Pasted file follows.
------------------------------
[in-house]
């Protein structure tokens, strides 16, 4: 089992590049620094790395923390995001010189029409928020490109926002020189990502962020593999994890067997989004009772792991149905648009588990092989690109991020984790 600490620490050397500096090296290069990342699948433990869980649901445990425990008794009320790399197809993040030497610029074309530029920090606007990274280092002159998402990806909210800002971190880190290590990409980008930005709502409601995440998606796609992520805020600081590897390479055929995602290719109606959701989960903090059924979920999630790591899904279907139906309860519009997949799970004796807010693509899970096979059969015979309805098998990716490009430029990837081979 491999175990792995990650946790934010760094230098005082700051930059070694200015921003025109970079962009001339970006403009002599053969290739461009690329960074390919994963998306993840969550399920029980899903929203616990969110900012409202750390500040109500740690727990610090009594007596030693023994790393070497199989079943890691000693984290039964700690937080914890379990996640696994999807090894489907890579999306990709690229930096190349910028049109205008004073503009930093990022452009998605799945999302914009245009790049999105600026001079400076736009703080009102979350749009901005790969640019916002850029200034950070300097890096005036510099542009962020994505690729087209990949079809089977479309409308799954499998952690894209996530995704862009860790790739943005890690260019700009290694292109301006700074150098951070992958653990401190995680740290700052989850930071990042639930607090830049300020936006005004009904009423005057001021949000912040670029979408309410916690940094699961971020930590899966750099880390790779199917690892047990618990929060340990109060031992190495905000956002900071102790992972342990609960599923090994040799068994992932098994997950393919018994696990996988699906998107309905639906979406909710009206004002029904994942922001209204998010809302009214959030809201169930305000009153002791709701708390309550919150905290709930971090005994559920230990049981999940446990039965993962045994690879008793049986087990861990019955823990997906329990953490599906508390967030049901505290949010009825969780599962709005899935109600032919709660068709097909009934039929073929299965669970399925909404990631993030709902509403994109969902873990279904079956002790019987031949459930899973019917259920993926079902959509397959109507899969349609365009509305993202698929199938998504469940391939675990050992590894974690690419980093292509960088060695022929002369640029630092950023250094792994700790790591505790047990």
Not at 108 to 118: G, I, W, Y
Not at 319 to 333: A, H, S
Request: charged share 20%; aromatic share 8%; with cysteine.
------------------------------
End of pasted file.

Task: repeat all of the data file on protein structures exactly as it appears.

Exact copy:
[in-house]
């Protein structure tokens, strides 16, 4: 089992590049620094790395923390995001010189029409928020490109926002020189990502962020593999994890067997989004009772792991149905648009588990092989690109991020984790 600490620490050397500096090296290069990342699948433990869980649901445990425990008794009320790399197809993040030497610029074309530029920090606007990274280092002159998402990806909210800002971190880190290590990409980008930005709502409601995440998606796609992520805020600081590897390479055929995602290719109606959701989960903090059924979920999630790591899904279907139906309860519009997949799970004796807010693509899970096979059969015979309805098998990716490009430029990837081979 491999175990792995990650946790934010760094230098005082700051930059070694200015921003025109970079962009001339970006403009002599053969290739461009690329960074390919994963998306993840969550399920029980899903929203616990969110900012409202750390500040109500740690727990610090009594007596030693023994790393070497199989079943890691000693984290039964700690937080914890379990996640696994999807090894489907890579999306990709690229930096190349910028049109205008004073503009930093990022452009998605799945999302914009245009790049999105600026001079400076736009703080009102979350749009901005790969640019916002850029200034950070300097890096005036510099542009962020994505690729087209990949079809089977479309409308799954499998952690894209996530995704862009860790790739943005890690260019700009290694292109301006700074150098951070992958653990401190995680740290700052989850930071990042639930607090830049300020936006005004009904009423005057001021949000912040670029979408309410916690940094699961971020930590899966750099880390790779199917690892047990618990929060340990109060031992190495905000956002900071102790992972342990609960599923090994040799068994992932098994997950393919018994696990996988699906998107309905639906979406909710009206004002029904994942922001209204998010809302009214959030809201169930305000009153002791709701708390309550919150905290709930971090005994559920230990049981999940446990039965993962045994690879008793049986087990861990019955823990997906329990953490599906508390967030049901505290949010009825969780599962709005899935109600032919709660068709097909009934039929073929299965669970399925909404990631993030709902509403994109969902873990279904079956002790019987031949459930899973019917259920993926079902959509397959109507899969349609365009509305993202698929199938998504469940391939675990050992590894974690690419980093292509960088060695022929002369640029630092950023250094792994700790790591505790047990």
Not at 108 to 118: G, I, W, Y
Not at 319 to 333: A, H, S
Request: charged share 20%; aromatic share 8%; with cysteine.